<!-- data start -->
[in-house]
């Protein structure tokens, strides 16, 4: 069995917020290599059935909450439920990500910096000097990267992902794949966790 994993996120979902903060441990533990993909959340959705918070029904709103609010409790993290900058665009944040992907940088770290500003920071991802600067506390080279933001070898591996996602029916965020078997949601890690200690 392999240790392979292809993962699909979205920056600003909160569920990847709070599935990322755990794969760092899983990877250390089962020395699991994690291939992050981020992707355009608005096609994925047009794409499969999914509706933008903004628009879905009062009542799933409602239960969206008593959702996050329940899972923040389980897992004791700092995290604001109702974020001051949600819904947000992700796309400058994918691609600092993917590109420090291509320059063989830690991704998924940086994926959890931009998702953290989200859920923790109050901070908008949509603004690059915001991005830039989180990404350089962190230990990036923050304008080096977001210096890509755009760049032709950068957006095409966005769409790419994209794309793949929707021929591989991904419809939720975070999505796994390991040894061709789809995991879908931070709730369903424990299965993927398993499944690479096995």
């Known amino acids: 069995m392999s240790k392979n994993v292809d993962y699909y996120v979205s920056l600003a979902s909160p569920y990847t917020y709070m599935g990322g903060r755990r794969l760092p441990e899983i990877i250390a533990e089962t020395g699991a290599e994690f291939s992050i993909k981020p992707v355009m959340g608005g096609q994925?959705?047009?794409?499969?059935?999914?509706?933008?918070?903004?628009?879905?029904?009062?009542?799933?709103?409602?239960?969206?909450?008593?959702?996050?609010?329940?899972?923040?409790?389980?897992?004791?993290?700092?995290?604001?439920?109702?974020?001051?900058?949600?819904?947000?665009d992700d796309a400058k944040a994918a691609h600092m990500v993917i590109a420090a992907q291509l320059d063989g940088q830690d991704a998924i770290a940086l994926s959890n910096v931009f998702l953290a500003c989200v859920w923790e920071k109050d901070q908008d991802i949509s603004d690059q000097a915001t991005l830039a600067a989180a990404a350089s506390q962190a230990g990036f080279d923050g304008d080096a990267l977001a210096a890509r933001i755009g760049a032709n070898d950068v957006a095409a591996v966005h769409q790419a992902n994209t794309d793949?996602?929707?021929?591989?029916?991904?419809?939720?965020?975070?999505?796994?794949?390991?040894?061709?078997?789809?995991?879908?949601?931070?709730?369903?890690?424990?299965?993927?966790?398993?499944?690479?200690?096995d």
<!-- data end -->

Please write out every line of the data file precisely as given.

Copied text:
[in-house]
């Protein structure tokens, strides 16, 4: 069995917020290599059935909450439920990500910096000097990267992902794949966790 994993996120979902903060441990533990993909959340959705918070029904709103609010409790993290900058665009944040992907940088770290500003920071991802600067506390080279933001070898591996996602029916965020078997949601890690200690 392999240790392979292809993962699909979205920056600003909160569920990847709070599935990322755990794969760092899983990877250390089962020395699991994690291939992050981020992707355009608005096609994925047009794409499969999914509706933008903004628009879905009062009542799933409602239960969206008593959702996050329940899972923040389980897992004791700092995290604001109702974020001051949600819904947000992700796309400058994918691609600092993917590109420090291509320059063989830690991704998924940086994926959890931009998702953290989200859920923790109050901070908008949509603004690059915001991005830039989180990404350089962190230990990036923050304008080096977001210096890509755009760049032709950068957006095409966005769409790419994209794309793949929707021929591989991904419809939720975070999505796994390991040894061709789809995991879908931070709730369903424990299965993927398993499944690479096995």
């Known amino acids: 069995m392999s240790k392979n994993v292809d993962y699909y996120v979205s920056l600003a979902s909160p569920y990847t917020y709070m599935g990322g903060r755990r794969l760092p441990e899983i990877i250390a533990e089962t020395g699991a290599e994690f291939s992050i993909k981020p992707v355009m959340g608005g096609q994925?959705?047009?794409?499969?059935?999914?509706?933008?918070?903004?628009?879905?029904?009062?009542?799933?709103?409602?239960?969206?909450?008593?959702?996050?609010?329940?899972?923040?409790?389980?897992?004791?993290?700092?995290?604001?439920?109702?974020?001051?900058?949600?819904?947000?665009d992700d796309a400058k944040a994918a691609h600092m990500v993917i590109a420090a992907q291509l320059d063989g940088q830690d991704a998924i770290a940086l994926s959890n910096v931009f998702l953290a500003c989200v859920w923790e920071k109050d901070q908008d991802i949509s603004d690059q000097a915001t991005l830039a600067a989180a990404a350089s506390q962190a230990g990036f080279d923050g304008d080096a990267l977001a210096a890509r933001i755009g760049a032709n070898d950068v957006a095409a591996v966005h769409q790419a992902n994209t794309d793949?996602?929707?021929?591989?029916?991904?419809?939720?965020?975070?999505?796994?794949?390991?040894?061709?078997?789809?995991?879908?949601?931070?709730?369903?890690?424990?299965?993927?966790?398993?499944?690479?200690?096995d």